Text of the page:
It’s pretty normal to feel like your profession is mocked a little too much. Just ask a lawyer or a car salesman. Or a politician. And while there are always a few bad actors who give any line of work a bad name, most are honest practitioners trying to do good work (being married to an elected official, I had to turn that one around quickly).
Most jests are just that. A bit of lighthearted occupational ribbing. It’s important not to take it personally. That said, as a communication professional, I lose my shit when someone refers to this disciple under the umbrella of “soft skills.”
Communication skills consistently rank at the top of employers’ lists of desired skills and yet they are inconsistently taught in academic programs. The workplace only reinforces the worst status quo (exhaustively long emails, droning presentations with info-packed slides) because that’s all anyone ever sees. In the end, these same surveys citing the importance of communication skills report that most employees have extreme deficiencies in these areas as well.
With an increasingly virtual world of work and “the great resignation,” good communication matters more than ever. However, regardless of how much we bang this drum, no one seems to notice. These critical skills are still—annoyingly—referred to as soft skills, effectively banishing them to nonessential status. A nice to have but not a need to have.
But what if we tried a different approach? What if we talked more about the cost of doing nothing? What is the cost of bad communication?
The Hard Truth
As it turns out, there’s a lot of data on this. Honestly, I was surprised to see so much and from reputable sources like SHRM, the Society for Human Resource Management.
In their piece “A Business Rationale for the Communication Competency,” SHRM cites the following: A survey of 400 companies with 100,000 employees each noted an average loss per company of $62.4 million per year because of inadequate communication.
What about small businesses, you ask? In her article “Top Ten Email Blunders that Cost Companies Money,” Debra Hamilton cites that miscommunication costs smaller companies of 100 employees an average of $420,000 per year.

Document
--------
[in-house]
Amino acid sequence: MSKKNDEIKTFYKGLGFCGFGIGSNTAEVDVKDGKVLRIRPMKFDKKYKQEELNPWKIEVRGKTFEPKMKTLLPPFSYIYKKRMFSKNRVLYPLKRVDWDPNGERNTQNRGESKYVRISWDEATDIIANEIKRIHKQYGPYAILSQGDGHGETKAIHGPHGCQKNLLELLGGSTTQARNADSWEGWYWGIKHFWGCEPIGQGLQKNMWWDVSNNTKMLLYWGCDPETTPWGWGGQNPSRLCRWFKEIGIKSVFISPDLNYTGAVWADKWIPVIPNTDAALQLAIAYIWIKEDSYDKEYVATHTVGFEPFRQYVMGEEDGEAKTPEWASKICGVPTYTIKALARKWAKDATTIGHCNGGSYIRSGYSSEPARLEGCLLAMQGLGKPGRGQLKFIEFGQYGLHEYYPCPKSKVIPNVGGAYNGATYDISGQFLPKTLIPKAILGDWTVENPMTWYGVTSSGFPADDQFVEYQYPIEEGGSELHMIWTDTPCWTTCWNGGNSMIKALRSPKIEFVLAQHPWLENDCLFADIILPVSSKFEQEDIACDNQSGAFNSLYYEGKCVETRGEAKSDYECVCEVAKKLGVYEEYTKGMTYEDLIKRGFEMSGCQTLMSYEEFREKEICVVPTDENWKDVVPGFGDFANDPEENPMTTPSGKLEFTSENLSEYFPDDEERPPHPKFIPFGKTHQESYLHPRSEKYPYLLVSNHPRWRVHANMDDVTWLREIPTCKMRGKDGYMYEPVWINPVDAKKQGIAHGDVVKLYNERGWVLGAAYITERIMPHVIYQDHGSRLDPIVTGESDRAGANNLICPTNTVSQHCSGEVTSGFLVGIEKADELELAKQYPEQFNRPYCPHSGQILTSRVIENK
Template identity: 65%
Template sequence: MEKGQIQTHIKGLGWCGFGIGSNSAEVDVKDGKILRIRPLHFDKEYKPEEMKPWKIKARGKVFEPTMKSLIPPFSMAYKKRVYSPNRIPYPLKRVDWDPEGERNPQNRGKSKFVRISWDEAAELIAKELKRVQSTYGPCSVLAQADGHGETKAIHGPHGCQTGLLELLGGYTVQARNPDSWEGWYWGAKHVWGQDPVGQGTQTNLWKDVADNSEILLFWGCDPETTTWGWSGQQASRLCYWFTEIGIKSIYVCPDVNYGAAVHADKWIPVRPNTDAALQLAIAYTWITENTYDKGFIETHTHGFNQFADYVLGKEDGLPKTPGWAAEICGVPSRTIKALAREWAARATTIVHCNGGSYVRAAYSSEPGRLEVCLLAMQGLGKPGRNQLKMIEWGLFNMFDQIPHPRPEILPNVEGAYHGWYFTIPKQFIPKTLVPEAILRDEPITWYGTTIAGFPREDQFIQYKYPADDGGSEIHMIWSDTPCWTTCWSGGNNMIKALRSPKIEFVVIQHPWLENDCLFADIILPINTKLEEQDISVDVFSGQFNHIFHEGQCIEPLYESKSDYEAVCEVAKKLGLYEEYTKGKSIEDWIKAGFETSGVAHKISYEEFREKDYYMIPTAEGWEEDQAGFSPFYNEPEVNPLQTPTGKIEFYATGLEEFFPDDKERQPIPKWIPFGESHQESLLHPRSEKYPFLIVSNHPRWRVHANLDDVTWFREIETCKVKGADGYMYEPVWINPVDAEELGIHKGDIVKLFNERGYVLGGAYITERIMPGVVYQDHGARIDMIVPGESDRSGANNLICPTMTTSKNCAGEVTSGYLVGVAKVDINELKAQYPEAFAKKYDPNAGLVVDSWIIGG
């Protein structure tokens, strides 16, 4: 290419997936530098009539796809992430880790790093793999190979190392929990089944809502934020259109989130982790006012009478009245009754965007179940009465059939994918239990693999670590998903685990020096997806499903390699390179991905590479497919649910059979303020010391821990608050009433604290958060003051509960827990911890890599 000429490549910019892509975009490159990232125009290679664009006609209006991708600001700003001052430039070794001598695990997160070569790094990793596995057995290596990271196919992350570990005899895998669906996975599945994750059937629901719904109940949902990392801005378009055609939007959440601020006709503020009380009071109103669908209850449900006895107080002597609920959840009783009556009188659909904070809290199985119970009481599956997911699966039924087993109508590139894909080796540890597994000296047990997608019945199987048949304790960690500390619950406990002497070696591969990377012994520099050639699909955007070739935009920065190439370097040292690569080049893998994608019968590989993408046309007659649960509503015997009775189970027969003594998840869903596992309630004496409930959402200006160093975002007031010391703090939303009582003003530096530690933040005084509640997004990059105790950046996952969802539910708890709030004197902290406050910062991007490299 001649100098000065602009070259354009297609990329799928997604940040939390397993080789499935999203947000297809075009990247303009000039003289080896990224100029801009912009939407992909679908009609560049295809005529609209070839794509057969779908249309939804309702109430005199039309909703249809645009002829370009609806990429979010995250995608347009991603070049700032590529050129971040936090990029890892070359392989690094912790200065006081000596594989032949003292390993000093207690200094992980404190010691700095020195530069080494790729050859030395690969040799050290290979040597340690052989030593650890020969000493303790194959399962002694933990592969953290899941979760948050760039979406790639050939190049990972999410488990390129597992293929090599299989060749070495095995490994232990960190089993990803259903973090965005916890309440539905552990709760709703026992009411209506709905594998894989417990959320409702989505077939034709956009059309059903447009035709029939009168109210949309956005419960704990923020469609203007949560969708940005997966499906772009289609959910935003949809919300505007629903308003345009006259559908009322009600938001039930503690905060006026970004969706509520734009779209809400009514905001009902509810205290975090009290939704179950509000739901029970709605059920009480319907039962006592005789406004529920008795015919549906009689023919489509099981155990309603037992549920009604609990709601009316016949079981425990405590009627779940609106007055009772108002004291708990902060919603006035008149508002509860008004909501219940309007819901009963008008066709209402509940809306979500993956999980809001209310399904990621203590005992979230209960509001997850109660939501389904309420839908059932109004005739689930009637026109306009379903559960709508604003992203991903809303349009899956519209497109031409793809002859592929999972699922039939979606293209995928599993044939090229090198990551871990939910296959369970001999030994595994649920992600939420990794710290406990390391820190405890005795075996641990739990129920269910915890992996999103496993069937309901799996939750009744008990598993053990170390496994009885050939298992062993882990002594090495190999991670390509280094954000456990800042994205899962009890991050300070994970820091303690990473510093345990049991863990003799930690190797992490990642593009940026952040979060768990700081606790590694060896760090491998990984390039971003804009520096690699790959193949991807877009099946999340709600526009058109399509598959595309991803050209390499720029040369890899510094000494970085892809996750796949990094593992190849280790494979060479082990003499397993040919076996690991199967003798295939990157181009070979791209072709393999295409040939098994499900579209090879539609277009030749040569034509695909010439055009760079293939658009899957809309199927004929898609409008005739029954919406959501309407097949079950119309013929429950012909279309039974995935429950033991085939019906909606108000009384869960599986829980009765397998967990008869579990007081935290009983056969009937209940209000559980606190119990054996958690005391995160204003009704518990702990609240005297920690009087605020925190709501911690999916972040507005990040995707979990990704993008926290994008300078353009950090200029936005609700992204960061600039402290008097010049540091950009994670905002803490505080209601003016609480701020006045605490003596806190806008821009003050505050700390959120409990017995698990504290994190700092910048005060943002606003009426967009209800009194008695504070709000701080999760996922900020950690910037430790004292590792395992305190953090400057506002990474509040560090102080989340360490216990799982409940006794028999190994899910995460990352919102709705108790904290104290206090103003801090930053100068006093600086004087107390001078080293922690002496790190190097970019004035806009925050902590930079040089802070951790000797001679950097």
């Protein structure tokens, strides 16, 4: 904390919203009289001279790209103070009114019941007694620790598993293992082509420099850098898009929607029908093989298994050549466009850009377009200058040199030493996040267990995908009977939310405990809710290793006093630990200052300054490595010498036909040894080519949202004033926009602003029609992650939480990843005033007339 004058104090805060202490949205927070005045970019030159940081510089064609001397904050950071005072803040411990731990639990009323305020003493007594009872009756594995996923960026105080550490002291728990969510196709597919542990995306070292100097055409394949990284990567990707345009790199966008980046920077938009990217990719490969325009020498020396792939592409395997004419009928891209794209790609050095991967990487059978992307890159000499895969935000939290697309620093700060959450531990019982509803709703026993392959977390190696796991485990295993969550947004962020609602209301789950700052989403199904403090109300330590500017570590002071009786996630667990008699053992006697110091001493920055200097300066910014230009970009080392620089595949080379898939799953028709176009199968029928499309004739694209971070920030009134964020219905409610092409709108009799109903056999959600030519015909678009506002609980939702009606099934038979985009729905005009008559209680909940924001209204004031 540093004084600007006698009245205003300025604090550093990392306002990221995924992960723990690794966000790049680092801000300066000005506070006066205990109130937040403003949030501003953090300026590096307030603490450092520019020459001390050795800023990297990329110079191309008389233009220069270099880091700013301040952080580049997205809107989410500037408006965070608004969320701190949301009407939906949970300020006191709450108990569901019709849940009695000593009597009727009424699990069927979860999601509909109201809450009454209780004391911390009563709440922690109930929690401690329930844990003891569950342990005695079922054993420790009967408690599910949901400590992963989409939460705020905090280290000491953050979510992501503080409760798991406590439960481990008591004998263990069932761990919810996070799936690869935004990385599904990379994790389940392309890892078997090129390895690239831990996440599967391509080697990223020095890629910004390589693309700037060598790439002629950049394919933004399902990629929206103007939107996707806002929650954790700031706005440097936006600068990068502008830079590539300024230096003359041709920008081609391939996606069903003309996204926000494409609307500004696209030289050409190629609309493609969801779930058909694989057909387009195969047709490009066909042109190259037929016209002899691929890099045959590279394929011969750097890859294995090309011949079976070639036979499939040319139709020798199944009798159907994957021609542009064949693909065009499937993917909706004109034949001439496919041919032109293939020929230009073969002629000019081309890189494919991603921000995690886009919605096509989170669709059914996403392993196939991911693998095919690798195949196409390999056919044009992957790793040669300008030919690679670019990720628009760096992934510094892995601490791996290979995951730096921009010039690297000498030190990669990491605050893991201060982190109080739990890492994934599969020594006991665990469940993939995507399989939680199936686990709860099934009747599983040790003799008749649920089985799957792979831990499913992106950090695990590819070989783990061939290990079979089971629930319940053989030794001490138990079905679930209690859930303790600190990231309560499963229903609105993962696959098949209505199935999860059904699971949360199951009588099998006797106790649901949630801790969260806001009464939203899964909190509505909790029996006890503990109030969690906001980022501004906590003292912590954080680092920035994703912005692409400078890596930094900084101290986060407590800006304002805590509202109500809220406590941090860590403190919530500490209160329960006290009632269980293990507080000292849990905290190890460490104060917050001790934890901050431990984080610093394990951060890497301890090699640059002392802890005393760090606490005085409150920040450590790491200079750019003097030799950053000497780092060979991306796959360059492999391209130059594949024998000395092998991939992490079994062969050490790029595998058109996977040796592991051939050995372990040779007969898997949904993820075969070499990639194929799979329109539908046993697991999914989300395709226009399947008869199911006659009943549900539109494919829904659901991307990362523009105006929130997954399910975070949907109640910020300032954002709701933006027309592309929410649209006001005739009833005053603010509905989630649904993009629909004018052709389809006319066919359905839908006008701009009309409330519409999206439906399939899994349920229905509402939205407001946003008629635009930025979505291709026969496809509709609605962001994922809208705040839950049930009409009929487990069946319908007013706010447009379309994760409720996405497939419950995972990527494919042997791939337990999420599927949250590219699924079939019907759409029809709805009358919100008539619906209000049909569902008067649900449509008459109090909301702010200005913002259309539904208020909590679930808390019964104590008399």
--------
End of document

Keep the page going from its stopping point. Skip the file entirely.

Dig a little deeper and it gets even more specific—and startling.
- When asked, 28% of employees gave poor communication as the reason for missed deadlines (Computing Technology Industry Association).
- Research from Salesforce shows that 86% of employees and executives believe ineffective communication is the underlying reason for workplace failures.
- A study from the Economist Intelligence Unit reports that poor communication can result in low employee morale (31% of cases) and lost sales (18%).
In the end, to get away from the label of soft skills perhaps we should call them cost-savings skills? Or, you can flip this the other way and talk about the gains you can make with more effective communication. McKinsey shows that when employees are more connected communicators, productivity can jump as much as 20–25%.
And now that I’ve gotten your attention, what can you do about it to ensure you aren’t losing money—and people?
What We Can Do About It
First, determine what the communication challenges look like at your organization. While general data like I’ve just shared can point you in the right direction, it doesn’t speak to what your team is struggling with.
Start with a survey of your team focusing solely on communication at various levels. Ask them what’s working and what’s not when it comes to interpersonal communication, team communication, executive communication, and organizational communication. Review the results and see which paint points show up.
Next, address them! While G.I. Joe was right—knowing is half the battle—the other half is doing something about it. It’s not enough to know your organization has a communication problem (spoiler alert: most do already). Armed with specifics on what you need to improve (meetings, emails, presentations, etc.), put together a team responsible for closing these gaps.
To do this, you could bring in an outside training or workshop. That said, there are scrappier solutions as well. For example, you could start with an internal book club. Less formal than a workshop, a team selects a book that addresses something that your org is struggling with. If data communication is a problem, your team could read Storytelling with Data by Cole Nussbaumer Knaflic. Like a book club, you can then get together and discuss the book’s concepts, adding ideas for application and implementation.
Make no mistake—it’s a lot of work. Communication skills are challenging to build and consistently reinforce in the workplace. As Tom Peters says, “Hard is soft and soft is hard.” Spreadsheets and forecasts are easy. Teamwork and communication are challenging.
But it’s work that’s worth our time. Let’s give it the attention it deserves. At the very least, let’s stop with the “soft skills” label. As these numbers show, these critical skills are anything but.